Feelings and fears
If your brother or sister has cancer, you're probably feeling sad and worried because you love them and you want them to get better. You might find it a bit frightening to visit the hospital, or see your brother or sister upset, in pain or acting differently. You might also feel lonely without your brother or sister to play with as usual, and this might make you feel guilty because you are well and want to play, and your brother or sister is sick. You might be jealous when they get all the attention and you feel left out.
Find someone to talk to
All these feelings are normal, and it's best to talk to your mum or dad whenever you have any of these feelings. They will be able to explain what's happening to your brother or sister. Other people you can talk to include your grandparents, other relatives, other adults in your community who you trust, your friends, your teachers, school counsellors and hospital social workers.
Be sure to ask your mum or dad, or other trusted adults, things like what your brother's or sister’s illness is; what all the doctors’ visits, tests and treatments are for; and what they want you to do to help. If you're feeling sad, don’t pretend to be OK so that you don’t upset mum or dad. They love you and will want to do everything they can to look after you as well as your brother or sister.
Don't worry you can't catch cancer
There's no need to be worried that you'll get cancer as well. Cancer is very rare, and it's not common for more than one child in a family to get cancer. You can’t catch cancer from your brother or sister, like a cold or chickenpox, so you don’t need to worry about being with them, and you can give them lots of hugs and kisses.
Tell your friends and family how you feel, don't pretend to be OK when you're not
Remember that other people won't know how you're feeling. It's not happening to them, so they might not fully understand what it's like for you. They may be too scared to ask questions or not know the right questions to ask. So you need to tell your friends how you feel and how you would like them to act when they're with you. Don’t pretend to be OK when you're not, or let other people play down your feelings. What you're going through is very difficult, and it's best for everyone to be honest about it.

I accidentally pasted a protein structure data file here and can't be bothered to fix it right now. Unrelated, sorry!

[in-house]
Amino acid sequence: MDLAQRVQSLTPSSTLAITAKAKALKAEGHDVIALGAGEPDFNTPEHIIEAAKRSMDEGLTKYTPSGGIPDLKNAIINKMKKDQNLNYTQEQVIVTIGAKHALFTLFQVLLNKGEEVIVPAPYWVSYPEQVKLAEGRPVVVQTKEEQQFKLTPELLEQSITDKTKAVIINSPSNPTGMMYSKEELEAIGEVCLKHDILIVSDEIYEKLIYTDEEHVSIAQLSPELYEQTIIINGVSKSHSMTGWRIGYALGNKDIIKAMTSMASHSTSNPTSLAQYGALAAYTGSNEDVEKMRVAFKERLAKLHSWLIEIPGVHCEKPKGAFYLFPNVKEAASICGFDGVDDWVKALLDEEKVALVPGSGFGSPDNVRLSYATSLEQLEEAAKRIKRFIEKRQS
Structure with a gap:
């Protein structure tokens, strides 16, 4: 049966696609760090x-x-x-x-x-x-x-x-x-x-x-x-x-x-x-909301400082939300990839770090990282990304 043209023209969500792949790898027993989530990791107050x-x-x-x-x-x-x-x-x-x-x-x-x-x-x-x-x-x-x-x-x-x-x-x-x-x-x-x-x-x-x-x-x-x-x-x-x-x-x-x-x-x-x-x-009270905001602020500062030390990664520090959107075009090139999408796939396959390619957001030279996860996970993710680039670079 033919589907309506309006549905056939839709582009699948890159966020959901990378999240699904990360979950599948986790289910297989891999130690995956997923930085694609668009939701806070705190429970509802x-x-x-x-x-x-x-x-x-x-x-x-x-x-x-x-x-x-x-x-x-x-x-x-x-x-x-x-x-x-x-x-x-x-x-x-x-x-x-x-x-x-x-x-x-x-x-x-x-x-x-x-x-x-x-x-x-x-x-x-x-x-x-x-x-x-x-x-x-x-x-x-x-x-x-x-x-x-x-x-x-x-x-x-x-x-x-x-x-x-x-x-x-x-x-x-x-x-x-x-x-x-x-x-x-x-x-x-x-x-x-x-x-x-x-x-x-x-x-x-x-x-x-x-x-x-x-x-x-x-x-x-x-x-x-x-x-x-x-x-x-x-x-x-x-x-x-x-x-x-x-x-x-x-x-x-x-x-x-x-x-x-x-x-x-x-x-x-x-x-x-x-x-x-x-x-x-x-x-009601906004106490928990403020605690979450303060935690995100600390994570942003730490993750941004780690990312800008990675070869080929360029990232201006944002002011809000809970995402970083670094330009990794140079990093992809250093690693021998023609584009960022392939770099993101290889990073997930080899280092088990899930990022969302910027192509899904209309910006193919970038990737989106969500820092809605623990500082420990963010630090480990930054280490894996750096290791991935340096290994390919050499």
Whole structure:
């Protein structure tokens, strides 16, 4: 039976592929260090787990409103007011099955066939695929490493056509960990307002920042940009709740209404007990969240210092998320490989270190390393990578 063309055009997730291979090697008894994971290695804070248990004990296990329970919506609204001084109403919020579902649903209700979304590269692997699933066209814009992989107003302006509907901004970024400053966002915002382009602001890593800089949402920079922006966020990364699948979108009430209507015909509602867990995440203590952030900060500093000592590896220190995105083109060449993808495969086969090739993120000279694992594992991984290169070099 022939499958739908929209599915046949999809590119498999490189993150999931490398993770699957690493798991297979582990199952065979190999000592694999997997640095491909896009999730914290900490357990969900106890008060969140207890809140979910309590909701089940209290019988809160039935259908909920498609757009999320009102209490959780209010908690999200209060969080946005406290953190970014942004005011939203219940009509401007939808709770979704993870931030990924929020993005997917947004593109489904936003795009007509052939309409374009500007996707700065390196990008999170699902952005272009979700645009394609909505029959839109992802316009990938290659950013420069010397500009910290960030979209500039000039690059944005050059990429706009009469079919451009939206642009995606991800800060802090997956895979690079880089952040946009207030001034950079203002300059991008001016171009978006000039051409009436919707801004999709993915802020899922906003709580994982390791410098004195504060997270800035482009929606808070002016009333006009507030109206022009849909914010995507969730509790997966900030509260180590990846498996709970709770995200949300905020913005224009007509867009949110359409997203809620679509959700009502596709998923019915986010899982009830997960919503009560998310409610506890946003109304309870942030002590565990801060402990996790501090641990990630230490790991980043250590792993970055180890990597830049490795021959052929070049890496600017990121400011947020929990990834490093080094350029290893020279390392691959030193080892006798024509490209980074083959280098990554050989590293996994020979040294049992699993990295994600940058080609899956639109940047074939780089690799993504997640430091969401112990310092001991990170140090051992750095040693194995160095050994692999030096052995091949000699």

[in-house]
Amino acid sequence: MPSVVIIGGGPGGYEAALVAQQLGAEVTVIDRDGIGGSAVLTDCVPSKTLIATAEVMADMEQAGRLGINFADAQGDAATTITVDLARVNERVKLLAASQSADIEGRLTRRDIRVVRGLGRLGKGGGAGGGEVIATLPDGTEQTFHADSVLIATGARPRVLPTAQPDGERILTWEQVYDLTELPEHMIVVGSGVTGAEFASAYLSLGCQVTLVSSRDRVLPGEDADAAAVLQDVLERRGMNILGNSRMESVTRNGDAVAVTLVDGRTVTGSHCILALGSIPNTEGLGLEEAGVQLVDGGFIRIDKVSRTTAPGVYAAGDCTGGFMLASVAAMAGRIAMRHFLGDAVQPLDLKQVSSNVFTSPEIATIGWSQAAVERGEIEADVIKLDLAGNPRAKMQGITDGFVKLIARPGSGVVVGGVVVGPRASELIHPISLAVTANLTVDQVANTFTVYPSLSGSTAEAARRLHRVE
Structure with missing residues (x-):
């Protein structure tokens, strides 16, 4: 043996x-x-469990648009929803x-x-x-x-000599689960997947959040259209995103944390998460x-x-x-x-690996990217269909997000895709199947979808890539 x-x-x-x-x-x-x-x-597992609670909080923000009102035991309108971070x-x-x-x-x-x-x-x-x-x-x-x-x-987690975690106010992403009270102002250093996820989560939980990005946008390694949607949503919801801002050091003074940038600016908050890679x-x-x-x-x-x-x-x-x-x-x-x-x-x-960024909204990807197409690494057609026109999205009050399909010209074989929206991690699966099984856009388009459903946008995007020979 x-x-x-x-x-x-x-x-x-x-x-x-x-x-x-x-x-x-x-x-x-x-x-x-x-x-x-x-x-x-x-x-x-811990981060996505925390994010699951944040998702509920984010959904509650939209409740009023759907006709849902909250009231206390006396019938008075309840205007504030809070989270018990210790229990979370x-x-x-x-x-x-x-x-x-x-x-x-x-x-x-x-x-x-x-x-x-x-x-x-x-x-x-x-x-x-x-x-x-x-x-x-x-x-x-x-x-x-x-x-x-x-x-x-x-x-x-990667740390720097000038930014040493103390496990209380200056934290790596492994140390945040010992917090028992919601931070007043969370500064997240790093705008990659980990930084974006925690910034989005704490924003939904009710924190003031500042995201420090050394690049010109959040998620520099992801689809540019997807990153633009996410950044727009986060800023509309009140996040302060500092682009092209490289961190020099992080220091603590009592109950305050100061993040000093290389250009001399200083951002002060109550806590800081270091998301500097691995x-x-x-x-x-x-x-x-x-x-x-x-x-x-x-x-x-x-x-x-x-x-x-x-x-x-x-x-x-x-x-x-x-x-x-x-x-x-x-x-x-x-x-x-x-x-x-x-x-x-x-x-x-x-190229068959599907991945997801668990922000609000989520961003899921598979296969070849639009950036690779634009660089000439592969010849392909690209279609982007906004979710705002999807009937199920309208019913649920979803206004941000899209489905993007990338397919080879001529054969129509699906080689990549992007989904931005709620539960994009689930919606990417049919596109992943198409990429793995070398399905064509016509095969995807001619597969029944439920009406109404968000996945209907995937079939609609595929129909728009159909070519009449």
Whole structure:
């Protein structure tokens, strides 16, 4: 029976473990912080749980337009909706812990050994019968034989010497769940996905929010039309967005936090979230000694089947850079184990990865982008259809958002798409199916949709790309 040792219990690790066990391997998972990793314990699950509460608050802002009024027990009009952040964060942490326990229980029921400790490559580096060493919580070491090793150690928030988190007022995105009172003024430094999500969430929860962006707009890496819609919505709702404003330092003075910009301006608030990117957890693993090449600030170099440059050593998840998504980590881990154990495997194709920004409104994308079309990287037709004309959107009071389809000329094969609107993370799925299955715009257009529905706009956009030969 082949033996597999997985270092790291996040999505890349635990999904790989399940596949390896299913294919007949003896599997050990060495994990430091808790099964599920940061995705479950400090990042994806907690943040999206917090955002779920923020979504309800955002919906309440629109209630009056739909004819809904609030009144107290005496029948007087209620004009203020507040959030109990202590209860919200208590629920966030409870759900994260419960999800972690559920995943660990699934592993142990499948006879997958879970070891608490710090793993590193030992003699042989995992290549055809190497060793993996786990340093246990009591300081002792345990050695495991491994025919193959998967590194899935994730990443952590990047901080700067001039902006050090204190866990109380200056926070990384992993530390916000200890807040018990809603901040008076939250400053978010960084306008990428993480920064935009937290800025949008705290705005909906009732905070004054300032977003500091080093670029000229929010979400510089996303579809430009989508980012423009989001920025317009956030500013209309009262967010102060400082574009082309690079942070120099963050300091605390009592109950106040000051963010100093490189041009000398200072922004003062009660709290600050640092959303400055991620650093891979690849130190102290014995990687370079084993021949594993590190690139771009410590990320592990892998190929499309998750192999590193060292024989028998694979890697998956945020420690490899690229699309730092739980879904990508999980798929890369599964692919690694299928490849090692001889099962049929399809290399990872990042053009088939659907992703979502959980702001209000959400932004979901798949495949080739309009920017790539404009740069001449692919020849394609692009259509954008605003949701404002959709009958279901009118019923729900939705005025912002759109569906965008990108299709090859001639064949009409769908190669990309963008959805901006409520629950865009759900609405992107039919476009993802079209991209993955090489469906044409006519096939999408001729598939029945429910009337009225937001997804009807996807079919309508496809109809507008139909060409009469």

Being a transplant donor
If your brother or sister has leukaemia or some other types of cancer, you might be asked to help with their treatment by donating some of your stem cells. This is also called a bone marrow transplant. Your family, and your brother's or sister's doctor will explain all this to you.
Stem cells are special kinds of cells that are found in your bone marrow (the spongy stuff inside your bones). Stem cells can make new blood cells.
Some types of cancer happen because the person's blood cells don't work the way they should. Doctors can replace the bad blood cells with new stem cells that can make healthy new blood cells, and this can help to treat the cancer.
For a transplant to work, your stem cells have to be very, very similar to your brother's or sister's stem cells. If you have the same mum and dad, there is a better chance that your cell types will match. You'll have to have a test to see if your stem cells are the right type to transplant to your brother or sister.
If your cells aren't the right type, don't feel guilty – there's nothing that you or anyone could have done about it. It’s a bit like if you have brown hair and your brother has blond hair – you were just born that way.
See CanTeen's free online books for siblings. CanTeen helps young people (aged 12-24) cope with their own or cancer in their family. Through CanTeen, young people can access counselling, information and other support as well as connect with others going through the same thing. For young people with cancer, the Youth Cancer Services provide specialist, age-specific treatment and support.
Siblings Australia has more information about being a brother or sister to someone who's sick, including stories from other kids about how they deal with it.